He says that hiring from within is safer and more rewarding for the company. For Professional Travel, it’s also important to develop talent internally because the business is so specialized that it’s difficult to find people with the knowledge and skills to be successful.

The key to hiring people from within is to spend time looking for the right people and develop their skills.

“You have to look for people who have the kind of character traits that we as a company want to have collectively, that we have people who are honest and have integrity and are loyal and dedicated, that have shown that they can be not only loyal but that they can persevere at whatever the job that is set before them,” Sturm says.

To identify those who have potential for advancement, look at how they’re currently performing.

“Some are obvious — the old ‘cream rises to the top,’” he says. “Really, we have to identify that through the evaluation processes by their department heads.”

Beyond just evaluations, Sturm also relies on his managers to recognize outstanding performance through its Spirit Coin program. If a manager or department head sees or hears of someone who went above and beyond for one of the clients, then the employee is awarded a spirit coin. The spirit coin entitles the recipient to a half day off, in addition to his or her current number of vacation and personal days. If an employee earns several of these spirit coins, that’s one way that a manager identifies someone who will go above and beyond and could potentially advance in the organization.

When standouts are identified, then you have to work to develop their talent to prepare them for the next level.

“We try to encourage them and pick people within the company that they can emulate,” he says. “If they’re moving into an area where they haven’t had particular expertise ... we’d send them to seminars for further training along those lines.”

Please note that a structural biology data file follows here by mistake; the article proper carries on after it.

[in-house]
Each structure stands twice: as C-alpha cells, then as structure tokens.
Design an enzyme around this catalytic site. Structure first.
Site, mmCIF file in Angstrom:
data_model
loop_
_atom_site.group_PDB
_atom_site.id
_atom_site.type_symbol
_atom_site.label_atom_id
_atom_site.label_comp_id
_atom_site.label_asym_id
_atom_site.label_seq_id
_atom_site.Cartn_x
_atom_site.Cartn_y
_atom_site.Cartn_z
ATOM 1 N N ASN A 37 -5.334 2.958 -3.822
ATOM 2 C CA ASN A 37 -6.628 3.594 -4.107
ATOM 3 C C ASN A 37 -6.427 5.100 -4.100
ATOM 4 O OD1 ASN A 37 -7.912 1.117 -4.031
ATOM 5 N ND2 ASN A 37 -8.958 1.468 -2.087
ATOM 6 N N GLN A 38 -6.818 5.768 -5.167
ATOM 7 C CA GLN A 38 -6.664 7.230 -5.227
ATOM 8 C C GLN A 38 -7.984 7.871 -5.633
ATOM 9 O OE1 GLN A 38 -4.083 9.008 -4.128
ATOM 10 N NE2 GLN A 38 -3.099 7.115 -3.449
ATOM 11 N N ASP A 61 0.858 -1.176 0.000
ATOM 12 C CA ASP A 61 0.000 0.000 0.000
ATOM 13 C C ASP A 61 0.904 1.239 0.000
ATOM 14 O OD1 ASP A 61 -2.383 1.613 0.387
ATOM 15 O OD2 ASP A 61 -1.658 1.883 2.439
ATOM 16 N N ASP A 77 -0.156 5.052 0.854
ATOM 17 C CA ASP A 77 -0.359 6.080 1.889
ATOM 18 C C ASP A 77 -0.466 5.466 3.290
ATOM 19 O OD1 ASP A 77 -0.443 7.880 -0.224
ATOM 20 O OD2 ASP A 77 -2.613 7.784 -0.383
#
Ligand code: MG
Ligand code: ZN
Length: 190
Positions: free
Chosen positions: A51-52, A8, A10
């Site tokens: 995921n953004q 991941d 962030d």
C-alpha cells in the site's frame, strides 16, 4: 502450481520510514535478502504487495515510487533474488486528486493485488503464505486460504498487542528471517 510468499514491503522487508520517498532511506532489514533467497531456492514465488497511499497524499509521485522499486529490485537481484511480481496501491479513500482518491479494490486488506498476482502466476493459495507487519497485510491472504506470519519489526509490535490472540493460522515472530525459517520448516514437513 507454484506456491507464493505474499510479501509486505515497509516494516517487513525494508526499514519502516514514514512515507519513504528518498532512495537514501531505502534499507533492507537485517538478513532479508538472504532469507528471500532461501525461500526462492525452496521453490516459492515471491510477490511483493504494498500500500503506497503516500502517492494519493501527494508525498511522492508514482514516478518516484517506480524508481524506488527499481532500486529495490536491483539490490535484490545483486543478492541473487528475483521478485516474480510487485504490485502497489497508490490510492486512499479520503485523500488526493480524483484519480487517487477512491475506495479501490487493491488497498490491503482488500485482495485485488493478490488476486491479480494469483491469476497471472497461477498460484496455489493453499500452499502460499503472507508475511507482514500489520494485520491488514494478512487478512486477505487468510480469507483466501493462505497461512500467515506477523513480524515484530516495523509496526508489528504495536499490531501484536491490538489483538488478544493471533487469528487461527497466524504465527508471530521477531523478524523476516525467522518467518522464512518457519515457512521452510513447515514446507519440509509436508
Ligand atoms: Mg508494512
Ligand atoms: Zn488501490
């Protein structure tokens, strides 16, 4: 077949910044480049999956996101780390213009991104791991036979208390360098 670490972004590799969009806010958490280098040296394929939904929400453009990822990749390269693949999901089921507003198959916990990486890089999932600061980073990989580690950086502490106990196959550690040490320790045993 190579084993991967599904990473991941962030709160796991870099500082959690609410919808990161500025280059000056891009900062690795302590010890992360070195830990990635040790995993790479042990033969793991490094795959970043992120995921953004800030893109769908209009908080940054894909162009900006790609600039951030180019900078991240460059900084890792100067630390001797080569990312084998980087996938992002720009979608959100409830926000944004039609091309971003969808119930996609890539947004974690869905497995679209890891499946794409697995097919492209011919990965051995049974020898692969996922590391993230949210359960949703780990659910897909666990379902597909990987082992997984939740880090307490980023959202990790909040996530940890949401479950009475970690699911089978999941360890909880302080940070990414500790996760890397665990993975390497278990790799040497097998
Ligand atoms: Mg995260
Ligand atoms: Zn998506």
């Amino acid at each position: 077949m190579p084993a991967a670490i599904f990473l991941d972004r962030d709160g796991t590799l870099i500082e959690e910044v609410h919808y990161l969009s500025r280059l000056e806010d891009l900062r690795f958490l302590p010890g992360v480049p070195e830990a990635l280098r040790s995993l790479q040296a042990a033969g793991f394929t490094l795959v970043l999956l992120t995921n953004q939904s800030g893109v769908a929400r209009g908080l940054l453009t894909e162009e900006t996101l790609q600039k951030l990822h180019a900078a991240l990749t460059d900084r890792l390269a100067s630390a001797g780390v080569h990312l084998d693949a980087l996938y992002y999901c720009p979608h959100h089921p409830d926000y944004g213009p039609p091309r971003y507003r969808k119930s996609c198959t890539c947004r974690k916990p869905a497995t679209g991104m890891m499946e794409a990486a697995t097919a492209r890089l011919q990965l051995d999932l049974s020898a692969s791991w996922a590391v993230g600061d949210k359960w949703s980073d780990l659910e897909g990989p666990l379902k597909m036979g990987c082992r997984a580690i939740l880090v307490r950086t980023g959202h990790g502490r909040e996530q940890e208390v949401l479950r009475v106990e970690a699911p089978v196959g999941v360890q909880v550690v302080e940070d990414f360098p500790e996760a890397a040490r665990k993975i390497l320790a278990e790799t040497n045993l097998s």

For example, if someone was moving into a role in human resources, he would set that person up in the appropriate seminars and workshops to help the employee garner the skills he or she would need moving forward.

It’s important that you always work to develop the talent below you in your organization.

“We like to be training the No. 2 person in every department,” Sturm says. “We encourage every department head to train their next subordinate as fully as possible. In an ideal situation, every one of our department heads knows everything or could train everyone in their department to take over for them should the need arise.”

And Sturm doesn’t allow himself to be excluded. He’s been grooming his No. 2 man, who started as a salesperson years ago, and he’s now prepared to take over the company should he need to.

“If you can train all the people that work for you to become better than you are, you’ll become better in the process, and your entire unit or department will be way better,” he says. “My No. 2 guy in the company, I believe, is now better than I am, and he started off just as a salesperson. I taught him everything that I knew, and I think he’s teaching me a few things, and that’s a good thing.”

Oftentimes, as leaders, it’s hard to let go of the “It’s my company,” mentality, but if you truly want your business to succeed, this is something you have to do.

“Sometimes that becomes a challenge, but I think that if you as the CEO are really caring about your company and your employees, you’ll keep those things that you have to be responsible for and do those things, but you’ll be free to delegate out the rest of them to the capable and confident leaders that you’ve chosen and have proven themselves to be worthy of running the company,” Sturm says.

It all goes back to having strong communication between yourself and your team members. Sturm chooses to delegate everything he possibly can, but he maintains an overview of it all by requiring that his team report back to him about how those jobs are getting done.

“It’ll give you a lot more peace of mind, and it’ll give you a lot more time to look over the bigger picture, exactly where the company is going, where it should be going, and as long as you don’t tie yourself up with minutia and try to micro-manage every department of your company, you’ll have the freedom to be innovative and the look-ahead type [of] person that the CEO should be,” he says.

It’s this focus on the future that is needed if you ultimately want to grow your business.

“In my mind, the CEO is responsible for all of the functions of the company, but he doesn’t have to do them all,” Sturm says. “Almost as important or maybe more important is the ability to look forward, to look ahead and to plan to get the company to where it should be as opposed to where it is today. If you involve yourself in all the minutia of micromanagement, you never have time to be a visionary and look at the bigger picture.”

HOW TO REACH: Professional Travel Inc., (440) 734-8800 or www.protrav.com